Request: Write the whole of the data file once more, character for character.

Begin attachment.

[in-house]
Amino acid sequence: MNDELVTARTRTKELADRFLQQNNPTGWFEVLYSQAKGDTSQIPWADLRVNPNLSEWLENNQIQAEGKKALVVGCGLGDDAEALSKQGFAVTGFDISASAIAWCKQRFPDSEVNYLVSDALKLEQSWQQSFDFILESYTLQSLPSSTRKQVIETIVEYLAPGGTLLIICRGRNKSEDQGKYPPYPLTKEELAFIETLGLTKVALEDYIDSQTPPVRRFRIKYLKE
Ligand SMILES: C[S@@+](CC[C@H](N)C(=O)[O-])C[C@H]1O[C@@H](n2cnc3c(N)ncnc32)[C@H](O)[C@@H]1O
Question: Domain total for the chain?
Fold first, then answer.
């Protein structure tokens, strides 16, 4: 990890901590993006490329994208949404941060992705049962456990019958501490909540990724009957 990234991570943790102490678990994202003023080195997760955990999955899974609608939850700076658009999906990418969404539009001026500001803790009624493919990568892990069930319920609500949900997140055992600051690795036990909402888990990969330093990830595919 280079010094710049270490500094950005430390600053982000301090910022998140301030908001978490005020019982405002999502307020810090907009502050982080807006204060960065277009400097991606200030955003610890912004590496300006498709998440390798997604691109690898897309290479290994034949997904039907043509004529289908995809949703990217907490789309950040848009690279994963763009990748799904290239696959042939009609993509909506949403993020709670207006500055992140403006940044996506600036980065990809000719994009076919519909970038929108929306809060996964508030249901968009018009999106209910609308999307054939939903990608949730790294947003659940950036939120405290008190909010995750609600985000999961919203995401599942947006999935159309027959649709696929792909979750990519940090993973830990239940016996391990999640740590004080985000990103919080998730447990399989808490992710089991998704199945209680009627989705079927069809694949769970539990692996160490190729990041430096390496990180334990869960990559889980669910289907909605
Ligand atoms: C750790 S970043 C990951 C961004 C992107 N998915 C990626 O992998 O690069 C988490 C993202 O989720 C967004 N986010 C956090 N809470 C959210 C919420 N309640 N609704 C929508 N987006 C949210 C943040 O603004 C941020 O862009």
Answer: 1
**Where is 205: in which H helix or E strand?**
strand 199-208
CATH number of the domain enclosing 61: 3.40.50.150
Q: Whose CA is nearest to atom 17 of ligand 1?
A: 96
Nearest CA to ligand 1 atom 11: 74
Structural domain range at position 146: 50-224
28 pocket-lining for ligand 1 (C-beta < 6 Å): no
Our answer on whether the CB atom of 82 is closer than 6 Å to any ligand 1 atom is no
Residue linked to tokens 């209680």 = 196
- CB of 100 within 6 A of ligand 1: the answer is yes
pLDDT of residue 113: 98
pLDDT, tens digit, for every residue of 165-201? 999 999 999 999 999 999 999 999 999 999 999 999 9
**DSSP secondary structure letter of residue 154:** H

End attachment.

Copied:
[in-house]
Amino acid sequence: MNDELVTARTRTKELADRFLQQNNPTGWFEVLYSQAKGDTSQIPWADLRVNPNLSEWLENNQIQAEGKKALVVGCGLGDDAEALSKQGFAVTGFDISASAIAWCKQRFPDSEVNYLVSDALKLEQSWQQSFDFILESYTLQSLPSSTRKQVIETIVEYLAPGGTLLIICRGRNKSEDQGKYPPYPLTKEELAFIETLGLTKVALEDYIDSQTPPVRRFRIKYLKE
Ligand SMILES: C[S@@+](CC[C@H](N)C(=O)[O-])C[C@H]1O[C@@H](n2cnc3c(N)ncnc32)[C@H](O)[C@@H]1O
Question: Domain total for the chain?
Fold first, then answer.
């Protein structure tokens, strides 16, 4: 990890901590993006490329994208949404941060992705049962456990019958501490909540990724009957 990234991570943790102490678990994202003023080195997760955990999955899974609608939850700076658009999906990418969404539009001026500001803790009624493919990568892990069930319920609500949900997140055992600051690795036990909402888990990969330093990830595919 280079010094710049270490500094950005430390600053982000301090910022998140301030908001978490005020019982405002999502307020810090907009502050982080807006204060960065277009400097991606200030955003610890912004590496300006498709998440390798997604691109690898897309290479290994034949997904039907043509004529289908995809949703990217907490789309950040848009690279994963763009990748799904290239696959042939009609993509909506949403993020709670207006500055992140403006940044996506600036980065990809000719994009076919519909970038929108929306809060996964508030249901968009018009999106209910609308999307054939939903990608949730790294947003659940950036939120405290008190909010995750609600985000999961919203995401599942947006999935159309027959649709696929792909979750990519940090993973830990239940016996391990999640740590004080985000990103919080998730447990399989808490992710089991998704199945209680009627989705079927069809694949769970539990692996160490190729990041430096390496990180334990869960990559889980669910289907909605
Ligand atoms: C750790 S970043 C990951 C961004 C992107 N998915 C990626 O992998 O690069 C988490 C993202 O989720 C967004 N986010 C956090 N809470 C959210 C919420 N309640 N609704 C929508 N987006 C949210 C943040 O603004 C941020 O862009």
Answer: 1
**Where is 205: in which H helix or E strand?**
strand 199-208
CATH number of the domain enclosing 61: 3.40.50.150
Q: Whose CA is nearest to atom 17 of ligand 1?
A: 96
Nearest CA to ligand 1 atom 11: 74
Structural domain range at position 146: 50-224
28 pocket-lining for ligand 1 (C-beta < 6 Å): no
Our answer on whether the CB atom of 82 is closer than 6 Å to any ligand 1 atom is no
Residue linked to tokens 């209680």 = 196
- CB of 100 within 6 A of ligand 1: the answer is yes
pLDDT of residue 113: 98
pLDDT, tens digit, for every residue of 165-201? 999 999 999 999 999 999 999 999 999 999 999 999 9
**DSSP secondary structure letter of residue 154:** H